African American Attorneys: Their Role in Developing Modern Civil Rights
The Beaufort History Museum and Beaufort County Historical Society, both celebrating their 80th anniversaries, are collaborating with the historic Tabernacle Baptist Church and Beaufort County Library to present an upcoming lecture by University of South Carolina Professor W. Lewis Burke.
The lecture titled “William J. Whipper and Jonathan Jasper Wright: Beaufort and South Carolina’s First Civil Rights Lawyers,” will take place at 6 p.m. on Feb. 7 at Tabernacle Baptist Church, 901 Craven Street. The cost is $10 for an online reservation and $15 at the door. Registration is currently open at www.BeaufortHistoryMuseum.com.
Burke’s current book, “All for Civil Rights: African American Lawyers in South Carolina 1868-1968,” will be available for purchase at a book signing and reception following his talk at the discounted price of $45. In addition, the Beaufort District Collection (BDC) of Beaufort County Library will present a slideshow of items from its holdings about lawyers William J. Whipper and Jonathan Jasper Wright, as well as about the Beaufort County Historical Society and Beaufort History Museum.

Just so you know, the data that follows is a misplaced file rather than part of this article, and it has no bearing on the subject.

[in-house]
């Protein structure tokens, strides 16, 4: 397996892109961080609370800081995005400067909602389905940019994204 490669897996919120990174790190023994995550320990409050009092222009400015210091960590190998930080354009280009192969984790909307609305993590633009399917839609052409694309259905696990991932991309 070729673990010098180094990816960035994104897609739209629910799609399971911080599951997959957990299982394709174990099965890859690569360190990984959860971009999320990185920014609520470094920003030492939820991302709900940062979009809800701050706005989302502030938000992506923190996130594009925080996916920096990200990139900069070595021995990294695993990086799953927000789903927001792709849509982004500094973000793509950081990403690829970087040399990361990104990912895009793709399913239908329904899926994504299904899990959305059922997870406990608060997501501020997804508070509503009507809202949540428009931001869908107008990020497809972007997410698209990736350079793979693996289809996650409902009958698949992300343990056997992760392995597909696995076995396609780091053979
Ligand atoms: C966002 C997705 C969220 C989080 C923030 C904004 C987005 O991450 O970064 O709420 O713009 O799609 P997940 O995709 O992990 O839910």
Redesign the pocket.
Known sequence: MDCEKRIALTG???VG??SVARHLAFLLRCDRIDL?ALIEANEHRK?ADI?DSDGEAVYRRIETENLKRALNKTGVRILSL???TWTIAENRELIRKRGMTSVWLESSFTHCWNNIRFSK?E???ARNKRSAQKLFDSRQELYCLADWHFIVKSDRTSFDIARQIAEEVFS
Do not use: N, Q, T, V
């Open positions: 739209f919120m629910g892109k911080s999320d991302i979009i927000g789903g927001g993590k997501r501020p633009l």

In his book, Burke writes, “The history of the black lawyer in South Carolina is one of the most significant untold stories of the long and troubled struggle for equal rights in the state.” Beginning in Reconstruction and continuing to the modern civil rights era, 168 black lawyers were admitted to the South Carolina bar. “All for Civil Rights” is the first book-length study devoted to those lawyers’ struggles and achievements in the state that had the largest black population in the country, by percentage, until 1930 — and that was a majority black state through 1920.
Burke is Distinguished Professor Emeritus of the University of South Carolina School of Law. He also wrote “At Freedom’s Door: African American Founding Fathers and Lawyers in Reconstruction South Carolina.”